American Grown by Michelle Obama
The first lady gives readers a tour of the White House Kitchen Garden and other thriving community plots across the country.
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“I first had the idea to plant a vegetable garden at the White House in my kitchen back in Chicago,” writes the first lady. “As the primary season, and then the general election season, wore on, I kept the idea of that garden in the back of my mind. Soon after my husband was elected, I began to think about how to make it a reality.”Skip to next paragraph
Kendra Nordin is a staff editor and writer for the weekly print edition of the Monitor. She also produces Stir It Up!, a recipe blog for CSMonitor.com.
In Pictures The White House vegetable garden
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And she didn't wait long to make it happen. In April 2009 Mrs. Obama broke ground with the help of 23 fifth-graders from Bancroft Elementary School in Washington, the National Park Service, and White House chefs. Not every thing went smoothly. The pumpkins didn't grow. Beautiful melons had no taste at all. The birds got all the blueberries. The president was leery about having a beehive installed near his basketball court.
But this is what makes "American Grown" a fun read. Mrs. Obama invites us to learn right alongside her as she and White House dog Bo wander the paths between raised beds. From her unique vantage point as a White House resident, she also sows in historical context. There is a Thomas Jefferson bed that grows heirloom peas descendent from those raised at the former president's Monticello residence. There are photos of the first White House kitchen garden – a modest Victory Garden – planted under the supervision of Eleanor Roosevelt. And there is the Children's Garden, created under Lady Bird Johnson, as a secluded place to play toward the lower part of the South Lawn. Just below that sits the new Kitchen Garden.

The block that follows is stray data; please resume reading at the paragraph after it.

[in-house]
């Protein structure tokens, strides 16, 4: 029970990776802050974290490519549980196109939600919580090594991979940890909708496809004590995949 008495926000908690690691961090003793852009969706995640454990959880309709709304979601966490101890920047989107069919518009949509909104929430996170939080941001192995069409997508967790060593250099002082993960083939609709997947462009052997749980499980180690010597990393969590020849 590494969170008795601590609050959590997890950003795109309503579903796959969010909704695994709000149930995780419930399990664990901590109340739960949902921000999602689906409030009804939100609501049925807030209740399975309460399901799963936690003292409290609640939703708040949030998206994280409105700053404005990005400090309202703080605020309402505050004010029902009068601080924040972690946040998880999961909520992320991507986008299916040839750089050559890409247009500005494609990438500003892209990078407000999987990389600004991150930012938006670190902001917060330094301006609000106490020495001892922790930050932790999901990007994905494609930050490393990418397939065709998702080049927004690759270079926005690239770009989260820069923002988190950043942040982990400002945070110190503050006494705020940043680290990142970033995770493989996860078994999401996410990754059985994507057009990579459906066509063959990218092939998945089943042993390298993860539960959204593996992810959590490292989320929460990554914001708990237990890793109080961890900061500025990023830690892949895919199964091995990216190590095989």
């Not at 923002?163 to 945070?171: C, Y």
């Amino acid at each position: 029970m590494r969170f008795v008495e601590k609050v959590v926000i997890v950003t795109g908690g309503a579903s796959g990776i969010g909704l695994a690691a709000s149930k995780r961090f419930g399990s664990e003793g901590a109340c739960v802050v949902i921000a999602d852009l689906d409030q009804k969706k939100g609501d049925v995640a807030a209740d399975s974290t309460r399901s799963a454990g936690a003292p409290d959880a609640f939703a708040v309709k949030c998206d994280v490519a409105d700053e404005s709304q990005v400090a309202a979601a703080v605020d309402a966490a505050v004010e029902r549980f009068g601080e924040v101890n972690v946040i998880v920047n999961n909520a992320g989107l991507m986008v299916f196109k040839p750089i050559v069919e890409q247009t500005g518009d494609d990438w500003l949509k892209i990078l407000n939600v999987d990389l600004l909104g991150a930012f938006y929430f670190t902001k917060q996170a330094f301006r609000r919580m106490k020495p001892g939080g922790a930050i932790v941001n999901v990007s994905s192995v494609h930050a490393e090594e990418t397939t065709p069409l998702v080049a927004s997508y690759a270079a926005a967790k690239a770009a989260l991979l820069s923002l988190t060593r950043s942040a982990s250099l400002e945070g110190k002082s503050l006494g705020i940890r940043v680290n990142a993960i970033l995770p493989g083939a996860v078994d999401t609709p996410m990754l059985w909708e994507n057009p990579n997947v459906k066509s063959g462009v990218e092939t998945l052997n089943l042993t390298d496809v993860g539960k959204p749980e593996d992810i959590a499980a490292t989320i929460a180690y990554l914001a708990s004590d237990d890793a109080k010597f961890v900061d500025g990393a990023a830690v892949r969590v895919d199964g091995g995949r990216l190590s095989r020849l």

Involving children is at the heart of "American Grown" and it's a book that is engaging and simple enough to interest young readers.
Simple lessons are often the best as this elementary school student wrote in an essay about his day helping to plant the White House Kitchen Garden:
"One of the things that I want to say about being at the White House was how gentle the feeling was. It felt surprisingly 'natural,' to be there. It was all about nature, and what is natural," wrote David Martinez. "My teachers talk a lot about models for our assignments, and how we need to look at them and follow them when we do our own work. I think about the garden project as a model for being gentle: gentle with nature, gentle to your body, and gentle with each other."
In “American Grown,” the first lady visits community and school gardens all across the nation to encourage children to dig in the dirt. There are uncomplicated recipes pegged to each season’s bounty from White House chefs, and tips on everything from how to start your own garden to how to store fresh produce.
Mrs. Obama's timing is as impeccable as a well-timed spring planting – and not because we are at the brink of an all-out political battle for the presidential election. Her national spotlight raises up issues that a nation of foodies are already enamored with – we care about where our food comes from, who grew it, and what it tastes like. It's natural to have our leading family join us at the dinner table as Americans delight in a renaissance of real food.